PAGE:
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Insolvency and related law and policy, and more

Michael Murray is an Australian author and commentator on corporate and personal insolvency law and related issues, in Australia and internationally. He has a strong law and policy background, is independent of any connections, and his views are his own. He gives no legal advice. 

Australian personal insolvency and small business reform in the wake of Covid

An overseas publisher has asked me to give an update on the latest in small business bankruptcy law in Australia, for a comparative article, the publisher asking what was the outcome of the various reforms in Australia proposed earlier in the year.  That prompted me to review the state of play and come up with this.  

Personal insolvency consultation January 2021

The publisher was right, the government did start a law reform consultation in January 2021, on

‘possible changes to the personal insolvency system to inform the government’s ongoing response to address the impacts of the coronavirus. The coronavirus pandemic has had wide reaching personal, employment and economic impacts across Australian communities, businesses, and industry sectors’.

The government wanted to consider the default period of bankruptcy, debt agreements, personal insolvency agreements and offences.

“We also welcome views on any other areas that stakeholders consider may address the impact of coronavirus, including the impact that it has had on unincorporated businesses such as sole traders and partnerships”.

Submissions closed on 12 February 2021.

Outcome

The outcome of that seems to be limited to these bits and pieces.

  • From an earlier consultation, the bankruptcy threshold changed to $10,000, from $5000 from 1 January 2021: reg s 10A.
  • New bankruptcy regulations commenced on 1 April 2021, replacing those of 1996, revising a number of issues clarified by practice and by the courts over that time, including for example the service of documents by email.  Section 102 of the 2021 Regulations is not as clear, or not clear at all.  More on that soon.
  • One important regulation maintained is that if a person who is bankrupt dies and they have paid an income contribution, no refund is due to their estate; but if the income contribution is unpaid, the deceased estate in bankruptcy will remain liable to pay it: reg s 38.
  • The minimum dividend that needs to be paid has been increased to $50 from $25: reg s 42
  • South Australia has new law that ‘bankruptcy’ is not a reasonable excuse for a person to abandon a radiation source, that is, a sealed radioactive source, unsealed radioactive material or radiation apparatus, or any equipment, object, article or thing that emits or may emit ionising or non-ionising radiation when energised, with a penalty of $100,000.  Also, if a person licensed or authorised under the Act “becomes bankrupt or insolvent”, the official receiver will be taken to hold that authorisation on the same conditions from the date of bankruptcy or insolvency for at least six months: Radiation Protection and Control Act 2021 (SA). We hope the official receiver knows that.
  • With the repeal of the definition of “Australia” in s 5 and the repeal of s 9A, the Bankruptcy Act now applies to Norfolk Island.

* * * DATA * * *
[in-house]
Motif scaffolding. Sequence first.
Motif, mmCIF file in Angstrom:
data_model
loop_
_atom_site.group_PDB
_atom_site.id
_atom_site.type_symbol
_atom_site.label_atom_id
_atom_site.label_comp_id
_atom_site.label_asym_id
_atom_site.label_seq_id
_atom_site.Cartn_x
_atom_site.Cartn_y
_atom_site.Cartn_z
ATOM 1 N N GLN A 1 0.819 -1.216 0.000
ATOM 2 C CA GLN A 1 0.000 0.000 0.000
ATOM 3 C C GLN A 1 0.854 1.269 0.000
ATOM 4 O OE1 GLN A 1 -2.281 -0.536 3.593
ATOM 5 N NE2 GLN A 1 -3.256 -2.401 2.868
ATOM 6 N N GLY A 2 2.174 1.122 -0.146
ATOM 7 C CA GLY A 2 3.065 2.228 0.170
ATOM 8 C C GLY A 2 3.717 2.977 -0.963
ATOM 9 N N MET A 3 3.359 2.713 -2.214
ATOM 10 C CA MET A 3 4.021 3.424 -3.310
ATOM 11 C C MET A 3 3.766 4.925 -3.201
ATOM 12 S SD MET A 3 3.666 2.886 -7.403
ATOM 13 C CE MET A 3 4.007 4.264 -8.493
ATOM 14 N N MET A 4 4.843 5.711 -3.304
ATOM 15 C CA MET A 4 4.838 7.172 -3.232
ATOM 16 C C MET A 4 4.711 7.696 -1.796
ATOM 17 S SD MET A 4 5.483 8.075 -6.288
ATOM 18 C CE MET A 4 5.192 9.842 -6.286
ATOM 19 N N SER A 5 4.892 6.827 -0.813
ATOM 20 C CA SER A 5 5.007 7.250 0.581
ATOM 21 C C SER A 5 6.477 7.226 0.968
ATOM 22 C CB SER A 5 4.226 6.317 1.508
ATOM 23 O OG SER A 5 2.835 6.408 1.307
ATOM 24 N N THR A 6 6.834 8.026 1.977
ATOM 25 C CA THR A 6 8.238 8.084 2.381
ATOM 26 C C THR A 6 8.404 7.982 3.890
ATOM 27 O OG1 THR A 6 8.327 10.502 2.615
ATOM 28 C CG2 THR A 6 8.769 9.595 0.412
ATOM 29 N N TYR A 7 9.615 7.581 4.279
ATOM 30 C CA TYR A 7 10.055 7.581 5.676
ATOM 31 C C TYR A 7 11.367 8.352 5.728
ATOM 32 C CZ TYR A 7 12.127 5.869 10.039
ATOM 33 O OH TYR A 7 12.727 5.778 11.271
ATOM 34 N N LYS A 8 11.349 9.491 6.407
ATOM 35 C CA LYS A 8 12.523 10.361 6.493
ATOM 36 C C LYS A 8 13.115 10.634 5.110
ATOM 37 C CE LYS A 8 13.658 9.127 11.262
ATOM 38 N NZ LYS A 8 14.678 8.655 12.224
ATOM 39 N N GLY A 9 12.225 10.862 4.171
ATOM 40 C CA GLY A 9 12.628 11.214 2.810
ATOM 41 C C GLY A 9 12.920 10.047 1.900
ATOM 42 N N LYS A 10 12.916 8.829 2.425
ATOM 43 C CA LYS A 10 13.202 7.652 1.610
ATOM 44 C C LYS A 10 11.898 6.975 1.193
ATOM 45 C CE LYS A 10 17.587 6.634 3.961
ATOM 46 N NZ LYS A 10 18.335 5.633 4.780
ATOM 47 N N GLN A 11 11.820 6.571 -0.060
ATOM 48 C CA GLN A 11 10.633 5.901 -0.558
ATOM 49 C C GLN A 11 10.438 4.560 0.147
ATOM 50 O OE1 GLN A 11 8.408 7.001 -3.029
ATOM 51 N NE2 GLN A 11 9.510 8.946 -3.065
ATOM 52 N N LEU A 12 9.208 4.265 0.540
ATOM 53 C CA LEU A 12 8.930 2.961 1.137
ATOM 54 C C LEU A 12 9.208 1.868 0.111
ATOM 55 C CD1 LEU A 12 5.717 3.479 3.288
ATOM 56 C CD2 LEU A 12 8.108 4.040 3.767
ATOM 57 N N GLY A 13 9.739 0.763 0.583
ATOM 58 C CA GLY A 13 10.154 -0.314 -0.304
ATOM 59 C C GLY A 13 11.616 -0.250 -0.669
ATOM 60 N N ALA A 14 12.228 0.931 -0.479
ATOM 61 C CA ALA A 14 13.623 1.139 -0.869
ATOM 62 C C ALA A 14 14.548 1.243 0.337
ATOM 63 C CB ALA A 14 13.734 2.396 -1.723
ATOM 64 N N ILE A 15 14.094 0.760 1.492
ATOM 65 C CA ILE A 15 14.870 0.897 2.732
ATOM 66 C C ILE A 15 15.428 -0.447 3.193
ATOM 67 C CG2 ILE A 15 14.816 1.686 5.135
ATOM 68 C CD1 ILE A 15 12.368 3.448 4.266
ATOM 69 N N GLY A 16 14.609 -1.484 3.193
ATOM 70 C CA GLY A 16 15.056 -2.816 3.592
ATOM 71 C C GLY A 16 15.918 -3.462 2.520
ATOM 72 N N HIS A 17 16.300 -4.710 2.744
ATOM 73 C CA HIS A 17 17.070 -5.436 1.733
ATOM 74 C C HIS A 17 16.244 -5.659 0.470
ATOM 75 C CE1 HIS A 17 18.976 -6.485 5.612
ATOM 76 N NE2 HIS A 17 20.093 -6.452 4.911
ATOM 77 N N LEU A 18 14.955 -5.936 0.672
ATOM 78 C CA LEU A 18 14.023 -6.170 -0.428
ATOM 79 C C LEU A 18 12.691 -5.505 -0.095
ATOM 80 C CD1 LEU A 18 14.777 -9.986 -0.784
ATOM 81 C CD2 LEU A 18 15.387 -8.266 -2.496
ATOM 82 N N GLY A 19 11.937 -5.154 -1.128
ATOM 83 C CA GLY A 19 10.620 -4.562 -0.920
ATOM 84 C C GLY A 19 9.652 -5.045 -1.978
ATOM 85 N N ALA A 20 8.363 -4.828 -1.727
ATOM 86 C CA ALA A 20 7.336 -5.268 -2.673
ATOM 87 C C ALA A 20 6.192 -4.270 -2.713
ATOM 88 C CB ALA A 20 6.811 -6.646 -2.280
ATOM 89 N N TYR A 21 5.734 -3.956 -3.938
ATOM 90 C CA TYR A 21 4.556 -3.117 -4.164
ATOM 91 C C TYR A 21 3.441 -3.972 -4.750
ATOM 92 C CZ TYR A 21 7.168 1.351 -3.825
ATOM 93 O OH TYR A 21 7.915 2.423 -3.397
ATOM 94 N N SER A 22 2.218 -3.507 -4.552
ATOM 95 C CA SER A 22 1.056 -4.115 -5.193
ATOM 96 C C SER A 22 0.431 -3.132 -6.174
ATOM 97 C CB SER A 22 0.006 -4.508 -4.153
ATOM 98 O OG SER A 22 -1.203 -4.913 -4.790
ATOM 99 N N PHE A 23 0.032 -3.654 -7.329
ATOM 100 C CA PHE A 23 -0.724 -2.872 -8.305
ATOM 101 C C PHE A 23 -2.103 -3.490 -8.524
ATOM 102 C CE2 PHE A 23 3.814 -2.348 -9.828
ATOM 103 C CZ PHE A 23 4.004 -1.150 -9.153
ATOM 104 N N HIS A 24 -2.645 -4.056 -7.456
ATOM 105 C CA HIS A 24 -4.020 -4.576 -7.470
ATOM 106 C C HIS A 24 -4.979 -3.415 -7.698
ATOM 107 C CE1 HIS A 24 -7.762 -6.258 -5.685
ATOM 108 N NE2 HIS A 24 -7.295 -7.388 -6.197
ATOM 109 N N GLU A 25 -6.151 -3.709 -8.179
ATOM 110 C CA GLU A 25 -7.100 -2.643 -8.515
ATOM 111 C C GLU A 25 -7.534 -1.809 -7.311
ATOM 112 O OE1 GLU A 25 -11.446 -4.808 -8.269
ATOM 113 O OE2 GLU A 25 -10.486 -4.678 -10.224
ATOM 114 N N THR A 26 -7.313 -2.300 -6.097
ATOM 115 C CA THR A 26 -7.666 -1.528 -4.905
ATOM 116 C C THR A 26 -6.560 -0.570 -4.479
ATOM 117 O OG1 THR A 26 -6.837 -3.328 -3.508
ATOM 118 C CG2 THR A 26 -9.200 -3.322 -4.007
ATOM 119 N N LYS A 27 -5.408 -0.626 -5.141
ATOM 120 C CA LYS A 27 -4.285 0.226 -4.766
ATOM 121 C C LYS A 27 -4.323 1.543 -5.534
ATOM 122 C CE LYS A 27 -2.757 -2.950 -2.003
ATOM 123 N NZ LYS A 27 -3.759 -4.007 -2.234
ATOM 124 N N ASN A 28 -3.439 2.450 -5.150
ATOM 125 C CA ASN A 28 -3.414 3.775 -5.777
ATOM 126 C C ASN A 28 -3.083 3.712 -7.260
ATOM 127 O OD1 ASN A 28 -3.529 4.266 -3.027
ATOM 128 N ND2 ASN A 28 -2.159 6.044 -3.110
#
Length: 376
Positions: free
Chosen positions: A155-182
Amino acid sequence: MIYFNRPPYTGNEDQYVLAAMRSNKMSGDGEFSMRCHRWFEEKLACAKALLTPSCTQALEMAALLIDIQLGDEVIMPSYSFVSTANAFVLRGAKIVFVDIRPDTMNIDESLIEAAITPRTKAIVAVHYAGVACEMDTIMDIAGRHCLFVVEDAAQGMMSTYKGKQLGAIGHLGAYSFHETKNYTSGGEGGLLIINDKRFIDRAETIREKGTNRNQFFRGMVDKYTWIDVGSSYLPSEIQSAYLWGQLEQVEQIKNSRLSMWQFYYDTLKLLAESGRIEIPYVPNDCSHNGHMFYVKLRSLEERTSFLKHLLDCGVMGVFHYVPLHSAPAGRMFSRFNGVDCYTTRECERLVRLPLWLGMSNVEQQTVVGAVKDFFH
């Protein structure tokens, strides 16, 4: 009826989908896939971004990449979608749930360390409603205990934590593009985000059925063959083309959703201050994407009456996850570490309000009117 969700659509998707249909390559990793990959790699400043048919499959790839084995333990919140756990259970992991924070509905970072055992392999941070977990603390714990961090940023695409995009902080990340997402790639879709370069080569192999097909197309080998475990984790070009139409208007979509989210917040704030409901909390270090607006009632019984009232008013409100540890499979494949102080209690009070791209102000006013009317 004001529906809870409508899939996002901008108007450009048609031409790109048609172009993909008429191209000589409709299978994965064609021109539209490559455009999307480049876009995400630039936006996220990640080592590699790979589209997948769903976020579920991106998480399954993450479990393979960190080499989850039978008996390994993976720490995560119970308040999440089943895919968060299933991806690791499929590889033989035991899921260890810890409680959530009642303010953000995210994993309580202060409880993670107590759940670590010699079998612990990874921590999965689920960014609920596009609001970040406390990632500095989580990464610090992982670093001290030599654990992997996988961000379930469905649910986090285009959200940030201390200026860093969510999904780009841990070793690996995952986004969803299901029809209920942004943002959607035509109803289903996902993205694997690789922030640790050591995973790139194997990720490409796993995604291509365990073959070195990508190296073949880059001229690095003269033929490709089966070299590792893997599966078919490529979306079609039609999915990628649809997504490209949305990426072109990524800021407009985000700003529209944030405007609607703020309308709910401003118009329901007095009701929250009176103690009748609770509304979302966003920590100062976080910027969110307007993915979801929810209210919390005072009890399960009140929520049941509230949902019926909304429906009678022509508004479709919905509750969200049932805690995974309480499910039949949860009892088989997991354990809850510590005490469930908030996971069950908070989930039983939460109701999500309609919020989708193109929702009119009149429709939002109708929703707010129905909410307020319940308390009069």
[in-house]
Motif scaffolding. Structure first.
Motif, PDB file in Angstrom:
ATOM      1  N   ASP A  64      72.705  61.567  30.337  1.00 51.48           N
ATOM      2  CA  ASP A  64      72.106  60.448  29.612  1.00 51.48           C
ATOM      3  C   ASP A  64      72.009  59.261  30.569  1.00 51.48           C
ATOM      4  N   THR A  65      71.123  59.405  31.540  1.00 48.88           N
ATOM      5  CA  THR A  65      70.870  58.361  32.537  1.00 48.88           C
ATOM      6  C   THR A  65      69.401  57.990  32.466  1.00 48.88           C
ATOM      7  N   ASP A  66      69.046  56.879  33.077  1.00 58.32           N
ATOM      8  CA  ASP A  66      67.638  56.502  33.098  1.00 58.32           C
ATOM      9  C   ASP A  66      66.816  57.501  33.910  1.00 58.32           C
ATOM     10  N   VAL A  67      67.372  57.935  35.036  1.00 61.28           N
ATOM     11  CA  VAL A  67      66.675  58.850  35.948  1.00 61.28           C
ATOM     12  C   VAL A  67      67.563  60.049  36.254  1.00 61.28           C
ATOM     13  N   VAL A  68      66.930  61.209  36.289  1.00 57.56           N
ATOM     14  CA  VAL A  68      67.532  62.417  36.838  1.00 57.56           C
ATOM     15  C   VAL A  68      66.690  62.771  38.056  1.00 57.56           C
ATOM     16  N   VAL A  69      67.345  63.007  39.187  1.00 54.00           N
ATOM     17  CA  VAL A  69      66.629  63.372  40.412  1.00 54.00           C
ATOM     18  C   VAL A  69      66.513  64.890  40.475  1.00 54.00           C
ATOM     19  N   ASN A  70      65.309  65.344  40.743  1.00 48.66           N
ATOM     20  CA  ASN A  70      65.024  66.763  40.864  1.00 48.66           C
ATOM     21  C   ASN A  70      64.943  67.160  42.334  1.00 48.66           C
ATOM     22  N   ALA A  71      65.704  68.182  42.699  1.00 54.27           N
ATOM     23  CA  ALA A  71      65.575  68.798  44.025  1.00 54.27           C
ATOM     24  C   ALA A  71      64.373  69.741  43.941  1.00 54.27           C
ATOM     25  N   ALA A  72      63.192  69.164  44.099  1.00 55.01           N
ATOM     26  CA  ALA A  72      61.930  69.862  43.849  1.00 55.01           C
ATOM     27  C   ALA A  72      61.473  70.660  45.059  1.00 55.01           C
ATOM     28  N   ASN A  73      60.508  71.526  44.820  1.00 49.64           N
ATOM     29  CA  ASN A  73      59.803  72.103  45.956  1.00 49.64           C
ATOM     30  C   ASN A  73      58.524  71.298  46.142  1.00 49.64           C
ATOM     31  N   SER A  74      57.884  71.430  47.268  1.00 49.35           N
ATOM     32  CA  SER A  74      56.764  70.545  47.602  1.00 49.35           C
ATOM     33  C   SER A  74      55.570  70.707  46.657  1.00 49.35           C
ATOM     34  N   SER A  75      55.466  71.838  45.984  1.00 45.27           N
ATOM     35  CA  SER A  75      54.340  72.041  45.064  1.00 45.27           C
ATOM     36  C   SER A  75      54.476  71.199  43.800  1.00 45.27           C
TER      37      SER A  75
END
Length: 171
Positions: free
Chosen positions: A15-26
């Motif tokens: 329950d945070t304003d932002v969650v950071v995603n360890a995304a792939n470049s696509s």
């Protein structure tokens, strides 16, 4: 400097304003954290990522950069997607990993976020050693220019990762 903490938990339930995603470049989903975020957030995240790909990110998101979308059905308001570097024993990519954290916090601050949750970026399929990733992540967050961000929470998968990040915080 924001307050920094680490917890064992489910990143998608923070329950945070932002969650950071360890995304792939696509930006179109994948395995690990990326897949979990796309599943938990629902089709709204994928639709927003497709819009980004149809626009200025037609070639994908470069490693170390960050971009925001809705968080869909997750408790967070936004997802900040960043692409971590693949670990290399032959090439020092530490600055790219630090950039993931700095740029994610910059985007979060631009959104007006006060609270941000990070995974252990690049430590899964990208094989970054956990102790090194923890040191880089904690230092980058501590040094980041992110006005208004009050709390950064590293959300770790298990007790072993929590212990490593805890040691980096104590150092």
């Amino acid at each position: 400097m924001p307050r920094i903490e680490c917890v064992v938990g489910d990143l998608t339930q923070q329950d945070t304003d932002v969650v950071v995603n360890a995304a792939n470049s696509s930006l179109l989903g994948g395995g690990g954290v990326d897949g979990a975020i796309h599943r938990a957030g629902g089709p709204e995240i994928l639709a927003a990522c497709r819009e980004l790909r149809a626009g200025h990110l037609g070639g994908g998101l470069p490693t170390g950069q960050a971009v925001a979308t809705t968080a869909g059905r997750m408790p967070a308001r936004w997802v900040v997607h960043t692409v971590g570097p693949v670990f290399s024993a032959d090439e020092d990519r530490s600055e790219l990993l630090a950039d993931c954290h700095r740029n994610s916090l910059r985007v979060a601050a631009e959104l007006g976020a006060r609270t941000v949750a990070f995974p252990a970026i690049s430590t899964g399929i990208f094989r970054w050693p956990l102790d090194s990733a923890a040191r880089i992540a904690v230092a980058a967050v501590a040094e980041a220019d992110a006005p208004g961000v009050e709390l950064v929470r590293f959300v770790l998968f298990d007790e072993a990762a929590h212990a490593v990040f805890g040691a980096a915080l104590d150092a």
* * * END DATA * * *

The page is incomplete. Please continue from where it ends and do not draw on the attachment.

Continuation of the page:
• As to COVID-19, AFSA advises that if a debtor has saved some of their COVID-19 supplement payments, say $1000, the trustee would take that $1000 as an asset when they go bankrupt; and such payments would be treated as part of their income for the purpose of paying an income contribution. But economic support payments – are not claimable by the trustee as income or as an asset, regardless of whether the payments are received before or after the date of bankruptcy: My income or employment has changed (or may change) | Australian Financial Security Authority (afsa.gov.au)
  • AFSA also gives advice to businesses in financial stress saying that they need to take action and properly manage financial and operational difficulties including to keep records and reporting up to date and monitor cash reserves and ensure cash flows are sufficient to avoid trading insolvent.  COVID-19 challenges and seeking advice for small business owners | Australian Financial Security Authority (afsa.gov.au)
  • It remains the law that the trustee can employ the bankrupt business owner to carry on their business but only with a view to selling it, to someone else: s 134. The bankrupt can be paid for that work, but that can be challenged. If the bankrupt owned a corporate business, that vests in the trustee as an asset and again, the trustee may need to continue that business with a view to its sale, before winding up the company.
  • Bankruptcy matters can now be heard by the Federal Circuit and Family Court of Australia, which, as Attorney-General Senator Cash – explained, is created “to address the confusion, costs and delays that Australian families experienced under the previous two-court structure for federal family law matters”: Commencement of the Federal Circuit and Family Court of Australia | Attorney-General for Australia and Minister for Industrial Relations (attorneygeneral.gov.au).   The fcfcoa also hears bankruptcy matters: Bankruptcy: Overview | Federal Circuit and Family Court of Australia (fcfcoa.gov.au); and see Federal Circuit and Family Court of Australia – Division 2 General Federal Law (austlii.edu.au). In bankruptcy, the Federal Court remains as an option.

That’s the sum of Australia’s small business personal insolvency reforms seeking to address the wide reaching personal, employment and economic impacts of the pandemic across Australian communities, businesses, and industry sectors.

It will be a short contribution from Australia for the publisher.

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